[A2k] Infojustice Roundup

Mike Palmedo mike.palmedo at gmail.com
Tue Sep 18 08:53:23 PDT 2012


Infojustice Roundup



*A New Ministry of Culture in Brazil *

[Allan Rocha de Souza] Just after entering her 21st month heading the
Ministry of Culture in Brazil, Ana de Hollanda was dismissed on Tuesday,
September 11. The new Minister, Marta Suplicy, a well known Labor Party
politician from São Paulo, took office on the 13th ... In her opening
speech, the new Minister mentioned that “the [concern with] the
difficulties in access to cultural products and goods, the [promotion of]
cultural diversity, the continuing dialogue with all cultural and social
segments as well as with Congress” will always be priorities in her
Ministry. It is important to note that, when taking office in 2011,
President Dilma established thirteen directives which were priorities for
the Government. Among them, there is an explicit statement on
“democratization of access to cultural goods”. One of the most important
ways of achieving such goal is strengthening the copyright limitations and
exceptions by opening up the system. We hope this time it will be for
real. Click
here for more. <http://infojustice.org/archives/27320>

*Internet Activa: A webinar for digital activists*

[Carolina Botero] Digital rights and civil freedoms on the web, 12 basic
lessons online” is the first online seminar, to be launched from September
2012 until February 2013. This webinar will give you the information,
criteria and basic tools to understand key issues in our times. It will
also give you a glimpse of similar experiences in Latin America and will
connect you with other fellow activists in the defense of an Open,
Participative and Free Web. Click here for
more.<http://infojustice.org/archives/27282>

*Fast-Tracked Panamanian Copyright Bill Creates Financial Incentive to
Maximize Enforcement of Copyright*

Last month, the Panamanian executive branch introduced new copyright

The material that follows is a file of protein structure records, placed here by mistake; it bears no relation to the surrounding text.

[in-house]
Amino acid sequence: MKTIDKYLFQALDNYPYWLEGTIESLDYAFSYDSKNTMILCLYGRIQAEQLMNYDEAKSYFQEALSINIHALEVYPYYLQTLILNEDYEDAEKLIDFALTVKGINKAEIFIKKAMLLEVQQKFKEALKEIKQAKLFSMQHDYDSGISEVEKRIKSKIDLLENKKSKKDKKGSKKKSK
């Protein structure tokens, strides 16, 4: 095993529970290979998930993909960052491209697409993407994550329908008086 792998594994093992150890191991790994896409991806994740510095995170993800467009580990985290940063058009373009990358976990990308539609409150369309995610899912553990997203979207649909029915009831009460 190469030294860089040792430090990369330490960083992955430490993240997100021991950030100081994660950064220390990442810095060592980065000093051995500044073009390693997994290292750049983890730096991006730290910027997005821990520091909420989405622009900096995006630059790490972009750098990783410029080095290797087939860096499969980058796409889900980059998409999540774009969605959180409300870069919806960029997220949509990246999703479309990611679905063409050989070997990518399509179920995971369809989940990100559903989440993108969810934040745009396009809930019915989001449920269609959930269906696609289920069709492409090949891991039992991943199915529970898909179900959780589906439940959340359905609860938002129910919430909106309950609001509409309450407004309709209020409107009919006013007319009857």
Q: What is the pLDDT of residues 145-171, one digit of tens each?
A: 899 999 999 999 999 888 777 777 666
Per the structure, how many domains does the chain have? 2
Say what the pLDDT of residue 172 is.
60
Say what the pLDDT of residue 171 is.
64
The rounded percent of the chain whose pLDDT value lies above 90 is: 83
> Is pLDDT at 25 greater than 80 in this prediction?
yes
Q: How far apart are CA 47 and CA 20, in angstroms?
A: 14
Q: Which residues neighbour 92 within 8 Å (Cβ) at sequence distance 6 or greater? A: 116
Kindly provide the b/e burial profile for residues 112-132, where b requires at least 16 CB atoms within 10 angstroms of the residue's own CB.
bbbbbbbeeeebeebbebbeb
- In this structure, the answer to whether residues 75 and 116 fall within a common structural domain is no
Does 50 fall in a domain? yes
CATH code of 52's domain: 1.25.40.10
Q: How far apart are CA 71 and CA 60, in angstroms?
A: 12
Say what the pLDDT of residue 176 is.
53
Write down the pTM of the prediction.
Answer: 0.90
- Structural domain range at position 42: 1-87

legislation to bring the nation into compliance with its Free Trade
Agreement with the U.S.  The executive would like the legislature to pass
it by October. Bill no. 510 “On Author’s Rights and Neighboring Rights”
(Sobre Derechos e Autor y Derchos Conexos) lengthens the term of copyrights
to 70 years after the life of the author, and seems to expand the
definition of “reproduction” to include temporary copies. It amends the
criminal penalties section of the existing law. It increases civil and
criminal penalties for infringement. Bill no. 510 also creates a strong
financial incentive for the agency in charge of enforcement to monitor
ordinary people and to increase the quantity of enforcement actions. Click
here for more. <http://infojustice.org/archives/27313>

*Civil Society in the Republic of Moldova Opposing Data Exclusivity in FTA
with the EU*

[Stela Bivol] The Republic of Moldova, a country in the Eastern European
region, has started in 2011 the process of confidential negotiations for
Deep and Comprehensive Free Trade Agreement with the European Union (EU).
In these negotiations the EU requires the Republic of Moldova to introduce
in the national legislation data exclusivity as a new form of protection of
intellectual property for the maximum period of eleven years (8+2+1). In
the first round of negotiations, Moldova opposed introduction of data
exclusivity because of the impact on price of drugs, but the official
answer of Director General for Trade was that EU interpretation of unfair
commercial use is in line with the TRIPS Agreement. Click here for
more.<http://infojustice.org/archives/27303>

*Budapest Open Access Initiative policy recommendations for the next 10
years*

[Timothy Vollmer] Ten years after the release of the Budapest Open Access
Initiative, OA advocates last week released updated recommendations in
support of open access around the world, touching on areas including
policy, licensing, sustainability, and advocacy. Of particular interest are